Researchers find DNA link between ethnicity and immunity
Published Wednesday, April 17, 2013 7:22PM EDT
VANCOUVER -- A team of North American scientists have cracked a particularly complex genetic code that reveals ethnicity may determine how well a person is able to fend off diseases like HIV or the common flu.
Five scientists from Simon Fraser University are among those who have found a link between race and antibodies, the culmination of years of research that could have implications for the way doctors treat patients.
One of the team's researchers, Corey Watson, says the scientists found that certain ethnicities have missing or added DNA links, a factor that could influence their immunity to certain diseases.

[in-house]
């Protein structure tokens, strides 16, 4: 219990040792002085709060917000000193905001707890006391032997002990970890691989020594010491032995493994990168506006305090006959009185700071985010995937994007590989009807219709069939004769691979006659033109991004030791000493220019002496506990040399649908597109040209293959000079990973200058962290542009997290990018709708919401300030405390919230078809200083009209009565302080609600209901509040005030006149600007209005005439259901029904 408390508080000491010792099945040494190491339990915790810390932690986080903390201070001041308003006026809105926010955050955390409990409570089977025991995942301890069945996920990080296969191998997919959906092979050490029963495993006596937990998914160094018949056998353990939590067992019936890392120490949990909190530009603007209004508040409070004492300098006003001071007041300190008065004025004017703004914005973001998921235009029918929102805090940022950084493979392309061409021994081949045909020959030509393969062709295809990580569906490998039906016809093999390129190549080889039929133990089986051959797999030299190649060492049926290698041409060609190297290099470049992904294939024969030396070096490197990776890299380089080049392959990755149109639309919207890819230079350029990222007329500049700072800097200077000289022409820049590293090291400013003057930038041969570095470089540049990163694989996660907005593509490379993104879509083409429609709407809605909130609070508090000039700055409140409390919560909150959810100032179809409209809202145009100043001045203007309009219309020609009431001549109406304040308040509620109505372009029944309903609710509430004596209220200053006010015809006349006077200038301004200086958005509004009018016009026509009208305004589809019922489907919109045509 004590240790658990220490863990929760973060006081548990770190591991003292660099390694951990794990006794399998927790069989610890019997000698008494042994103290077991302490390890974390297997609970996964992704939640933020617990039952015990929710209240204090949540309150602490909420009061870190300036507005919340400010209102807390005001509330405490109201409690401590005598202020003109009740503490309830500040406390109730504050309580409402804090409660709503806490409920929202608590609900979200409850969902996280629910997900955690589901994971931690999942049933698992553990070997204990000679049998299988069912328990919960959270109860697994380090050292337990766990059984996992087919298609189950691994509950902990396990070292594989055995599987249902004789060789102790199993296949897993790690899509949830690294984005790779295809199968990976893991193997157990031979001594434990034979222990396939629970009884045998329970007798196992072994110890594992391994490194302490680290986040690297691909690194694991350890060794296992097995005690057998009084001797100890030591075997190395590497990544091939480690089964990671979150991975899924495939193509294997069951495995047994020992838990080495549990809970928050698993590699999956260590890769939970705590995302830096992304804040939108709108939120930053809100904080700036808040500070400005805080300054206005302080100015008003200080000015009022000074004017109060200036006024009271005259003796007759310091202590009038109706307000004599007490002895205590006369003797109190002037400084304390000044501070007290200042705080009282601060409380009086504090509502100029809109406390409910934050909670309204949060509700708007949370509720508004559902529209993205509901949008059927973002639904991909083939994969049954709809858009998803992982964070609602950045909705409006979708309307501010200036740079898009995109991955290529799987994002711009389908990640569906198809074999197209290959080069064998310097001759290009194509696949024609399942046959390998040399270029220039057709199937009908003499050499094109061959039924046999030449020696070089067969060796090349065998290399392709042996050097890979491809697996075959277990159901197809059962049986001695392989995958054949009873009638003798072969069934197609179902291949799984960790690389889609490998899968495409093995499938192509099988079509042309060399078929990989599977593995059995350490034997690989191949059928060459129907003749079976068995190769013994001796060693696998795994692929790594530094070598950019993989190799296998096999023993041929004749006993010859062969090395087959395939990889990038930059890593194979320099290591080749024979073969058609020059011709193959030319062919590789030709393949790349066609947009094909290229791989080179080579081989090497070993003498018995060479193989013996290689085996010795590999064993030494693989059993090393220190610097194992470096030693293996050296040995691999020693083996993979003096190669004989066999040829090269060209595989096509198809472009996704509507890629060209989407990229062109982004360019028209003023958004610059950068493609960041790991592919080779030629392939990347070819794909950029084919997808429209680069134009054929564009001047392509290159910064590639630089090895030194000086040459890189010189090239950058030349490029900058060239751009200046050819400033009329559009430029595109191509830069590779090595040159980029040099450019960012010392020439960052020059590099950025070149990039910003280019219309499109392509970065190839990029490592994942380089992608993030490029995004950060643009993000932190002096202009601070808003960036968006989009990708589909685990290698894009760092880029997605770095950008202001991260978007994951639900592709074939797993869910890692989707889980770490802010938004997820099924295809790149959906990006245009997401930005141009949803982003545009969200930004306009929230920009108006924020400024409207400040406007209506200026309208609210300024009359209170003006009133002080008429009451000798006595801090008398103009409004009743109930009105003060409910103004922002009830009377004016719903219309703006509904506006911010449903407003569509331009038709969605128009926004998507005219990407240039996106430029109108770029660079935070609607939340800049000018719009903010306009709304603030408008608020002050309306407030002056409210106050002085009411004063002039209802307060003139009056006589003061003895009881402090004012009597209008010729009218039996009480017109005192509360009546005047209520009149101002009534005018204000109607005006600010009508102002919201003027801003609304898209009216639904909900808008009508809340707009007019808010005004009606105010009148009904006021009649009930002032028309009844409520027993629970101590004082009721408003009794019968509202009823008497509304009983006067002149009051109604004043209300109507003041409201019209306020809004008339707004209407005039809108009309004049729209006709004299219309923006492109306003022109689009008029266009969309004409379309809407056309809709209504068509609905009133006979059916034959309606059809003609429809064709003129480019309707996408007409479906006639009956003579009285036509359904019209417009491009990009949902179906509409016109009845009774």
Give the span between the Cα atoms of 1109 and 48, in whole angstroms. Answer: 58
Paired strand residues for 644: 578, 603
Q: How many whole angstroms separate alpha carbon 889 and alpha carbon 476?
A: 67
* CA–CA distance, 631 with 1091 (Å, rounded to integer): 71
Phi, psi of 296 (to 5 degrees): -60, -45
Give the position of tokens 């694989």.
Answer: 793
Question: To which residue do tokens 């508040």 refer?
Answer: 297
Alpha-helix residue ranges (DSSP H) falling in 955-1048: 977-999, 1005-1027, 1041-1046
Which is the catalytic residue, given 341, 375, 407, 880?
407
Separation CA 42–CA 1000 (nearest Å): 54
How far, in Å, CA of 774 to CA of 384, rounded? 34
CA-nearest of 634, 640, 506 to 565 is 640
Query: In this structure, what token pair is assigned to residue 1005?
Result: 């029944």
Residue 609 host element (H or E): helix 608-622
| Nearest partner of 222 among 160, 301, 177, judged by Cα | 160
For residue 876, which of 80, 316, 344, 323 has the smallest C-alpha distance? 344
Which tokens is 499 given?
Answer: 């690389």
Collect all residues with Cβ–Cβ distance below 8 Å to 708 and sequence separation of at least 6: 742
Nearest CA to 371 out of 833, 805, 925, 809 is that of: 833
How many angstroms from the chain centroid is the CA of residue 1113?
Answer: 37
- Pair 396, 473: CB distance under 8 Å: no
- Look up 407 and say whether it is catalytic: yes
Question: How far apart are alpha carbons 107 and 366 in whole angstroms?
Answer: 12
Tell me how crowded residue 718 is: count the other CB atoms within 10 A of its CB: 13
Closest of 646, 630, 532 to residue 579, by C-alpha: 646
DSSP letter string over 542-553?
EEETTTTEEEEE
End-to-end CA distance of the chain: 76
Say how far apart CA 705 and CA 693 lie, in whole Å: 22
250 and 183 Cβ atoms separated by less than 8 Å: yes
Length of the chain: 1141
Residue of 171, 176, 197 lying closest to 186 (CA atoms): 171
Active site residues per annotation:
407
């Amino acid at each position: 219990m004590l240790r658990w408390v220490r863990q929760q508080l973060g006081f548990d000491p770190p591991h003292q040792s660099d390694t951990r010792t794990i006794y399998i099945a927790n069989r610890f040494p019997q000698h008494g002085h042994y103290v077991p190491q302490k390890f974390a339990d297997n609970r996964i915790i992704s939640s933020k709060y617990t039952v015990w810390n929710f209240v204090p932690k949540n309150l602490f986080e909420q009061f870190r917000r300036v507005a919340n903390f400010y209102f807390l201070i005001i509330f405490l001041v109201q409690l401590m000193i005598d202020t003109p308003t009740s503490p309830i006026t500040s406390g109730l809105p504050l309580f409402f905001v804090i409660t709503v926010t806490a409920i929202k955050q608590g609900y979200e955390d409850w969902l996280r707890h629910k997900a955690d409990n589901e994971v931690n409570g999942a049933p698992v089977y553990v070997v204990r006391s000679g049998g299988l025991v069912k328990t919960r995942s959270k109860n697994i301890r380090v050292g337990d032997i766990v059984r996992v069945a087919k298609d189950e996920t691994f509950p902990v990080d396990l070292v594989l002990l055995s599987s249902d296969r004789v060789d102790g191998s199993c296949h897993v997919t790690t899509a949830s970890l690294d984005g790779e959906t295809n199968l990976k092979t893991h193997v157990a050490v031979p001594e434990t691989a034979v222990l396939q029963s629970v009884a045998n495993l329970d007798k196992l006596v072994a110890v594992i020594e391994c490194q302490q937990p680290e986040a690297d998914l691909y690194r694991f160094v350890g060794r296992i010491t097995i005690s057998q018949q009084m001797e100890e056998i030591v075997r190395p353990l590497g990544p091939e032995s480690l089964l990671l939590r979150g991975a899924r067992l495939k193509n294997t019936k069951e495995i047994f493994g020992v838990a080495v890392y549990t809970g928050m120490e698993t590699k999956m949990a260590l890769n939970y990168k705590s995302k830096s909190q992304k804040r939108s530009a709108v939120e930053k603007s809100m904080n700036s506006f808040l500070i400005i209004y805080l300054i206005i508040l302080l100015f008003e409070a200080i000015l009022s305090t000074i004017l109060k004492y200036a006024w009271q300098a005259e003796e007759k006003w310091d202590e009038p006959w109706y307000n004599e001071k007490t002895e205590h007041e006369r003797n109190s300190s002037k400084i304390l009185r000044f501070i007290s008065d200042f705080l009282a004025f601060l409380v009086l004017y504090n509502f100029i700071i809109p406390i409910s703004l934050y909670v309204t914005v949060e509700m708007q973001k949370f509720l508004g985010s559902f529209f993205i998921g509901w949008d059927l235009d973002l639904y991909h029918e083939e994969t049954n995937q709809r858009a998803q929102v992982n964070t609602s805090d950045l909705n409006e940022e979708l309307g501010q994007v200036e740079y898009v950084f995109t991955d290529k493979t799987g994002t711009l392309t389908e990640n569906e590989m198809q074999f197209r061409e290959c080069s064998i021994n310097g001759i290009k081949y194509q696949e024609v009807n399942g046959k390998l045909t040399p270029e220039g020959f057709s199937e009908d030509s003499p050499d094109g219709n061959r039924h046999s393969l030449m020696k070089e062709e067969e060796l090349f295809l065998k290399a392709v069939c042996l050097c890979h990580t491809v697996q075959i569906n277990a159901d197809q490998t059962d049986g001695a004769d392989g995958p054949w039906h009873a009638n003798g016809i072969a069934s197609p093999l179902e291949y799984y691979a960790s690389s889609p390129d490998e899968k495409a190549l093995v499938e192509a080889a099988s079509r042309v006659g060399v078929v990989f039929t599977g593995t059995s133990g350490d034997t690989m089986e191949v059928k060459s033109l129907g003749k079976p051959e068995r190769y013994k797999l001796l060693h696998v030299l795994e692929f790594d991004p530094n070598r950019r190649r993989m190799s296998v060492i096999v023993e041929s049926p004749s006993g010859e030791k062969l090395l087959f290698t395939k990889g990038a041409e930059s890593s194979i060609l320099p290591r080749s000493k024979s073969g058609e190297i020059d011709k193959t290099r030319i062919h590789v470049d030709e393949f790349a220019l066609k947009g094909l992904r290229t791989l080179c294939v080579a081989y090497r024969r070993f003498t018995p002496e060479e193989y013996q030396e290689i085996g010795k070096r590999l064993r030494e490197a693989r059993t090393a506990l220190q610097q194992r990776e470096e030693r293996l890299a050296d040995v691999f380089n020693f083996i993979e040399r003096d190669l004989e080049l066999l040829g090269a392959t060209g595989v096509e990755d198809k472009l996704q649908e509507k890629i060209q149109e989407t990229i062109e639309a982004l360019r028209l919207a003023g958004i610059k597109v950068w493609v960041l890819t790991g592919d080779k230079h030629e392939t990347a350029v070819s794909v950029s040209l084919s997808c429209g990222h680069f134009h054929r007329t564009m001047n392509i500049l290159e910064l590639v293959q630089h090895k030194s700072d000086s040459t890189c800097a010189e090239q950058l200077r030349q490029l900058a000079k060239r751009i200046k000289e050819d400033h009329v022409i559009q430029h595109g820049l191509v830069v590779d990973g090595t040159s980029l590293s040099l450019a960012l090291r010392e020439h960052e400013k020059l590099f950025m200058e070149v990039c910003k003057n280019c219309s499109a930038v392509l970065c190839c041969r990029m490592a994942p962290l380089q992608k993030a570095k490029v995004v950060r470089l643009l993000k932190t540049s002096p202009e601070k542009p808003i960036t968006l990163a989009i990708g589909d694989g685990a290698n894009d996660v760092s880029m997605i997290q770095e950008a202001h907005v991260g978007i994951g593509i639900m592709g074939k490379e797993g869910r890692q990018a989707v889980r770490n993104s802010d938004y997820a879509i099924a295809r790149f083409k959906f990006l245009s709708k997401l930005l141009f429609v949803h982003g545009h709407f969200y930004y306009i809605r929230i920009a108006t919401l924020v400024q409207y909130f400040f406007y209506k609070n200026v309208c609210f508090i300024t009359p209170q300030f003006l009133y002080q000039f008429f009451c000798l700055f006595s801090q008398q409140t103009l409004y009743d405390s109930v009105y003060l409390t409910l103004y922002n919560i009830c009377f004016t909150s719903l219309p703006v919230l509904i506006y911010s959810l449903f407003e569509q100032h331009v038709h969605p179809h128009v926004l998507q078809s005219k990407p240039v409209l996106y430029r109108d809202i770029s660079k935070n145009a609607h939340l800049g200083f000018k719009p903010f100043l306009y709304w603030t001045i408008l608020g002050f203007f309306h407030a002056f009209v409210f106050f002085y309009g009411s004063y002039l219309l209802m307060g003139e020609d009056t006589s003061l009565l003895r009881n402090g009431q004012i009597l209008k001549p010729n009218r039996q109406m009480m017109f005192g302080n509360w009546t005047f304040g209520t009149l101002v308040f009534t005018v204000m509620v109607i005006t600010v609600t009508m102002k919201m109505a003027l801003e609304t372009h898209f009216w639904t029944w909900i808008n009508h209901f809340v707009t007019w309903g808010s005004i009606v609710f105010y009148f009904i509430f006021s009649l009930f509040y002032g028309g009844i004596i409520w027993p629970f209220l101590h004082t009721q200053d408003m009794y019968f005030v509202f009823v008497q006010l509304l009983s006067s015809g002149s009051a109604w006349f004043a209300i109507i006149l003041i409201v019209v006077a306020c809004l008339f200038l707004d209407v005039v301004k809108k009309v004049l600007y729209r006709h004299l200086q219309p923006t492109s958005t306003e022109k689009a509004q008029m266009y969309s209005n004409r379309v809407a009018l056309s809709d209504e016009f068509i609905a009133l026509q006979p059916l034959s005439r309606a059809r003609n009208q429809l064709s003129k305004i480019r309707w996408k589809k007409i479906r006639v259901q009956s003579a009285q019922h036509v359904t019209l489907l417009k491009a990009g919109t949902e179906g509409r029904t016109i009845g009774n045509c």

But Watson says the study is the tip of the iceberg when it comes to this kind of genetic research and it's too early to tell how the findings will effect drugs, vaccines and treatments that have typically been used to treat whole populations.
He says the discovery also has implications for scientists who do ethnicity research in future, because they'll need to take the ethnicity of DNA samples into account for accurate results.
The study of 425 people of Asian, African and European descent was published last month in The American Journal of Human Genetics.